Upon discovering the location of the Mandarin and his true identity, Iron Man and his almost-sidekick the Iron Patriot aka War Machine aka Col. James “Rhodey” Rhodes (Don Cheadle) head up against a battalion of Extremis-infected warriors and must pull out all the stops to put an end to their reign of terror. The problem is these Extremis soldiers are so powerful that victory doesn’t seem likely.
Can Iron Man prevail against an army as strong as he is?
I’m not sure what to make of this movie. Sure, it was entertaining and the storyline was fine. I like the idea of making it a direct follow up to The Avengers, and showing how Tony Stark’s world—never mind the rest of the world—had been affected by the Chitauri invasion and the presence of the other Avengers.
This flick was loaded with solid action, tough bad guys, cool tech, guns and everything else that makes an Iron Man movie a lot of fun. I just wasn’t sold on the presentation. This might be harsh, but this flick came off as the Batman Forever of the Iron Man movies. I’m all for humor in even the most serious of movies, but it seemed the jokes were either too forced or too slapstick to make me take this flick seriously. And that’s the secret with superhero movies: they need to take themselves seriously—even if they’re meant to be a comedy—otherwise they’ll never work. There was an awful lot of getting in and out of the Iron Man suits in this film, both by Tony and Rhodey, never mind Pepper getting a shot at wearing it, the President, the Extremis guy—there were so many suit changes that the novelty of watching someone don the Iron Man armor was quickly spent after the first three times.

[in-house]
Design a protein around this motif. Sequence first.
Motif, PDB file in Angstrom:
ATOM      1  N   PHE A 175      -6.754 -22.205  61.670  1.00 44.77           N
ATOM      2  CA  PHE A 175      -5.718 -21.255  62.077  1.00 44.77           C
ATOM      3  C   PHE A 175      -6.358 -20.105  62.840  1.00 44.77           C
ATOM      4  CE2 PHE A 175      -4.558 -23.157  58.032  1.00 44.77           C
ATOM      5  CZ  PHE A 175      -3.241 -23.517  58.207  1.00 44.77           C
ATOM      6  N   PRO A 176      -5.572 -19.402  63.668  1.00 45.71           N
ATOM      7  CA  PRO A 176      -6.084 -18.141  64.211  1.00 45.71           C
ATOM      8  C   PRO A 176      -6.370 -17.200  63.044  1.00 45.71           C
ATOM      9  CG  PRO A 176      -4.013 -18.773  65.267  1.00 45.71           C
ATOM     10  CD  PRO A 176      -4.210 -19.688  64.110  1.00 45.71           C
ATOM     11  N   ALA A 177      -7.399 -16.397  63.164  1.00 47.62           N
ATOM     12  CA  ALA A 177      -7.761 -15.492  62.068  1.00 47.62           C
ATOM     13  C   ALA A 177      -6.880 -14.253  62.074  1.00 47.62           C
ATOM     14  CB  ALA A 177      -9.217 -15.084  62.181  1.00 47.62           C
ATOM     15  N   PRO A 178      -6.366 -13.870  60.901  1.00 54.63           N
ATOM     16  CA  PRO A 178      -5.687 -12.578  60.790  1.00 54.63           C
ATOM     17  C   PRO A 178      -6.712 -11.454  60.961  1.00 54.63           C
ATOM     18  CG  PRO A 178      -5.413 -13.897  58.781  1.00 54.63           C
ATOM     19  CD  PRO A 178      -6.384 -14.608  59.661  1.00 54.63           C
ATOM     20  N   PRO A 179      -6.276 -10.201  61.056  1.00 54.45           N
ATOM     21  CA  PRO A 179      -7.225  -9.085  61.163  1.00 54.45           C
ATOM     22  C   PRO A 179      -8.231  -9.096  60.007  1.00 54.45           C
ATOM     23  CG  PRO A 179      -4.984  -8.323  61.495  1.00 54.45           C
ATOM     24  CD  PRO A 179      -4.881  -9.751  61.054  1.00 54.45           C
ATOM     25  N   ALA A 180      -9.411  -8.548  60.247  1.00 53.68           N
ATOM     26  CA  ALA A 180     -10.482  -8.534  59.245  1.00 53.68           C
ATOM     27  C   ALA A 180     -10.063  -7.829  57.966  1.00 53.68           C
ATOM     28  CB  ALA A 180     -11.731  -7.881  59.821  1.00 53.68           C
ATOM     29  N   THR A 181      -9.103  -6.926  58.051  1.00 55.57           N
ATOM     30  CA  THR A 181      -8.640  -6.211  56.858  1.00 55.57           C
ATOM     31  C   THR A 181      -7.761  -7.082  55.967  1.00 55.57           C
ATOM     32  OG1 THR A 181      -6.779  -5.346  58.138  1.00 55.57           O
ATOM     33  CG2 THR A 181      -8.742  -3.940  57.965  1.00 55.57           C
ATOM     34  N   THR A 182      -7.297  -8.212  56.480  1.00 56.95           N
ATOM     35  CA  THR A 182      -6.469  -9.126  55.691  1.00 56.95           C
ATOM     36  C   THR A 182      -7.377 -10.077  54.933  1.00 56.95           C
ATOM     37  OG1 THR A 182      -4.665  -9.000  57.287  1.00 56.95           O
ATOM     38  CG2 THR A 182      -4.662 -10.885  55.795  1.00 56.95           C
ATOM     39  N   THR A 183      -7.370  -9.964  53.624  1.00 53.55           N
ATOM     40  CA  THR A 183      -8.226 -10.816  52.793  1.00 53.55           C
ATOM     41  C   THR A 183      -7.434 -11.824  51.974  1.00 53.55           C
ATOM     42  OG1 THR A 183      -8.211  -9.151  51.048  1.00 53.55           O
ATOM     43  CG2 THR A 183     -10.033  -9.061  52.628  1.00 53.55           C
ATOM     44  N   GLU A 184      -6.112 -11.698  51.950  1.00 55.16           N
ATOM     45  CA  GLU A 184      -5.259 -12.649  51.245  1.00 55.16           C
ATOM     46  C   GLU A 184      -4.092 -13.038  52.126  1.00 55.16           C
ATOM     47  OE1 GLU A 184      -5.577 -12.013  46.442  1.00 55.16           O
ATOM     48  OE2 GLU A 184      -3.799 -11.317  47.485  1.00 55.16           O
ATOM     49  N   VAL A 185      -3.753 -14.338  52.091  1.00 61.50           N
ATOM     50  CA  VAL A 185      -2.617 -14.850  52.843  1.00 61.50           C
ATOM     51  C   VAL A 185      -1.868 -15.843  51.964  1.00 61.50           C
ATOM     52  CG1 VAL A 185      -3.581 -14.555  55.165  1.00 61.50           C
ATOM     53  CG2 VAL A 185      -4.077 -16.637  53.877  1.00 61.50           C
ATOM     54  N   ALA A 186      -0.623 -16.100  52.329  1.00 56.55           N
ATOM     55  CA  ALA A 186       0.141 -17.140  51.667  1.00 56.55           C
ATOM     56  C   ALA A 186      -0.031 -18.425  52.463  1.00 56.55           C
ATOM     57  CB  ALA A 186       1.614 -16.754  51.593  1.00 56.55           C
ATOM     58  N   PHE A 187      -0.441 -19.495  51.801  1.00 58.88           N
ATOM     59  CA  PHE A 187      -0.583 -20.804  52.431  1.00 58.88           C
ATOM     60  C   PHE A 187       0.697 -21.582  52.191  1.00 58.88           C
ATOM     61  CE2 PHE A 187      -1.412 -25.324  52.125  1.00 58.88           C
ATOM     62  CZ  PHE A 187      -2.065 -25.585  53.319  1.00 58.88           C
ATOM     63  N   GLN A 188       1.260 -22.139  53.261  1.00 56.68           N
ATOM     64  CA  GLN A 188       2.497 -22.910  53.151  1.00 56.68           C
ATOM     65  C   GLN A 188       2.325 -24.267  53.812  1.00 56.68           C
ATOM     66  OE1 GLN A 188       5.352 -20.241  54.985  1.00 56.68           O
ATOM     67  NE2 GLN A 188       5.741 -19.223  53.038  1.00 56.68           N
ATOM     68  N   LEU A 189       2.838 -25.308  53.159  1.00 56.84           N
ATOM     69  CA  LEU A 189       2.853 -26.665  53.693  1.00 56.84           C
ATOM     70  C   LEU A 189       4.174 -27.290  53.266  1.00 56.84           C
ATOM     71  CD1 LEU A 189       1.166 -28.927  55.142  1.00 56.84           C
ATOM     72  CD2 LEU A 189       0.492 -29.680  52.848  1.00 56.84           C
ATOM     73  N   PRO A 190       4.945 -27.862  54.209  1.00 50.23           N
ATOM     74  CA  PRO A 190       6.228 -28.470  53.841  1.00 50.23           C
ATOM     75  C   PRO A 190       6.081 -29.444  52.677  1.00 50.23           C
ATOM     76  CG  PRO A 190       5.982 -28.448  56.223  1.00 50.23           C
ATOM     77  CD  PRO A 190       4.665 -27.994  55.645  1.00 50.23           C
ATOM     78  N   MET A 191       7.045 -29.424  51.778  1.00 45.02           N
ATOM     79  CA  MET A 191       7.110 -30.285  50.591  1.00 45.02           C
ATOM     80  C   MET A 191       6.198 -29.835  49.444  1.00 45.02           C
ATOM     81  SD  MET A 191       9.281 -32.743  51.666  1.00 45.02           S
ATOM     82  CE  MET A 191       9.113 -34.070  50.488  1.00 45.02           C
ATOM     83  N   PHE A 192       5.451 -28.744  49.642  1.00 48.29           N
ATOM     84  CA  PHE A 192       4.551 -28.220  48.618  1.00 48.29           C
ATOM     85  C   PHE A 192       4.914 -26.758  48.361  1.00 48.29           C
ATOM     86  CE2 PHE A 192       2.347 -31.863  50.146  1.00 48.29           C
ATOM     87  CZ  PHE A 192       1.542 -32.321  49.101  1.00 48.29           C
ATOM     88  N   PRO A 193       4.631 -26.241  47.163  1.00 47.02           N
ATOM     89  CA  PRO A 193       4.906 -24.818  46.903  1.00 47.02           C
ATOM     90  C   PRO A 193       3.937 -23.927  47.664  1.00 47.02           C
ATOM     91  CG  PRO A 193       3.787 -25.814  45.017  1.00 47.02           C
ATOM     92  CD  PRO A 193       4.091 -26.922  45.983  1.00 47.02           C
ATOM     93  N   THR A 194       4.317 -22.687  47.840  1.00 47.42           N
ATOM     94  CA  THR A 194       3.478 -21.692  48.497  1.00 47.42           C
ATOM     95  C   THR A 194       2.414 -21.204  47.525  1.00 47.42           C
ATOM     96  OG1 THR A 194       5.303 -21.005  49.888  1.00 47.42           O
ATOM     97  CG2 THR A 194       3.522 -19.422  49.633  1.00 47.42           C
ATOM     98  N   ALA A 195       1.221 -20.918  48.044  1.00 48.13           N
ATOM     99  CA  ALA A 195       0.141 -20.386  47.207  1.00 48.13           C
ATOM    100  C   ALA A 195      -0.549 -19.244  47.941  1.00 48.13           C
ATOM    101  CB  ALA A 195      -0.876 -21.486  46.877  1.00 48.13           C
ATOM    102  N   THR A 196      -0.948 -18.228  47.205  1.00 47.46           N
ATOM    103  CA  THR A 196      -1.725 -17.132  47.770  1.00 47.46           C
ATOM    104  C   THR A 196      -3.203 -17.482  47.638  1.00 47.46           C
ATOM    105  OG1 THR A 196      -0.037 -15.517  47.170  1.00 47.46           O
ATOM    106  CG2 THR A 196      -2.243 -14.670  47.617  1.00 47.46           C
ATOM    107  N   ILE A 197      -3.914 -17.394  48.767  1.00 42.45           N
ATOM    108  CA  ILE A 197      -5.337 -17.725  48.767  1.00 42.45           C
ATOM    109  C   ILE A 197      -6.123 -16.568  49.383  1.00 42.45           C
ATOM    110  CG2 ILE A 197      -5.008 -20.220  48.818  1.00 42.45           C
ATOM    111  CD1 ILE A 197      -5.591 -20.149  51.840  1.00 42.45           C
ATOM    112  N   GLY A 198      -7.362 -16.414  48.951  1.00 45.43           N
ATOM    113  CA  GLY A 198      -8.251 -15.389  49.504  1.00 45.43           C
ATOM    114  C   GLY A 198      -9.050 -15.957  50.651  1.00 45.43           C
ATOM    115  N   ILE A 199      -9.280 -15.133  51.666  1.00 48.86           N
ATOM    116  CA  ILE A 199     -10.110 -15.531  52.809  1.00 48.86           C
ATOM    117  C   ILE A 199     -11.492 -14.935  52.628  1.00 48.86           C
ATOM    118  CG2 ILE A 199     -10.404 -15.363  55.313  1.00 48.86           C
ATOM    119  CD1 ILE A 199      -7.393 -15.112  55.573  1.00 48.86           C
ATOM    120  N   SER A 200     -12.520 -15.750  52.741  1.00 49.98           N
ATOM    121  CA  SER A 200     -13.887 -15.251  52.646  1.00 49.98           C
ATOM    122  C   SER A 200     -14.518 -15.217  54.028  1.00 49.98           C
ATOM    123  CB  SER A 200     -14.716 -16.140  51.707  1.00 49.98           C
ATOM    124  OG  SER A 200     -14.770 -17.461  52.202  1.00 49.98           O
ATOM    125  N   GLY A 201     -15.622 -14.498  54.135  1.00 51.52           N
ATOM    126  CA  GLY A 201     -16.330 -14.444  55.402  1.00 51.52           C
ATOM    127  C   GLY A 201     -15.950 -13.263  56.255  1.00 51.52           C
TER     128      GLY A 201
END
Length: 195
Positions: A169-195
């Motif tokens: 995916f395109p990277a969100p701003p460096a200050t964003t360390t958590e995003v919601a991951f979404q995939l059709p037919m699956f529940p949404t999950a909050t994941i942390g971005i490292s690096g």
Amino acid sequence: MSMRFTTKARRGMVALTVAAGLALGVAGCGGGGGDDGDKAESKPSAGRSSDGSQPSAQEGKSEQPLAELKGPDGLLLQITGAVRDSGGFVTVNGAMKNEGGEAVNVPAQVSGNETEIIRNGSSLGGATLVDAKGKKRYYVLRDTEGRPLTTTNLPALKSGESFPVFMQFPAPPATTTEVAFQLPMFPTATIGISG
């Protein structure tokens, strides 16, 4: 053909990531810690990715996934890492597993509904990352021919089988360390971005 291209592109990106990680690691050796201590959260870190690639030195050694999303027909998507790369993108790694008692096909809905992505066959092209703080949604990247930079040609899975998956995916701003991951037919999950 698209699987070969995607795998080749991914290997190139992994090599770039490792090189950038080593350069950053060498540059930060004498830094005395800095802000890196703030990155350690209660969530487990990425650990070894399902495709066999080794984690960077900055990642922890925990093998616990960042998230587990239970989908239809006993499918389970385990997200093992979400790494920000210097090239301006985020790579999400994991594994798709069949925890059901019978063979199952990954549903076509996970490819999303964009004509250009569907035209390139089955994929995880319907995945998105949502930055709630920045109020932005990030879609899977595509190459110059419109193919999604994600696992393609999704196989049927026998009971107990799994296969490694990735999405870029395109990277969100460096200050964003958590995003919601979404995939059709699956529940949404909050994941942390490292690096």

This film was not directed by Jon Favreau, which might have had something to do with it. Just seems this movie was weighed down with not enough Iron Man and a storyline—which was solid in and of itself—that moved slowly. I realize Tony’s aftermath and post-traumatic stress from The Avengers was the focus, but the same goal could’ve been accomplished had there been more Iron Man. I don’t necessarily mean more action—as action-filled movies that are nothing but explosions start to finish get boring after a while—but perhaps him having a love/hate relationship with the suit because being in it nearly killed him at the end of The Avengers, or maybe take the robo-injections to summon the suit to a new level because he’s trying to make himself super to be on par with guys like Captain America or Thor and have him deal with that?
The extra scene at the end of the credits with Dr. Bruce Banner (Mark Ruffalo) picked up on the bromance from The Avengers. A nice touch. Didn’t move the Marvel Cinematic Universe forward in any way, but was nice nevertheless.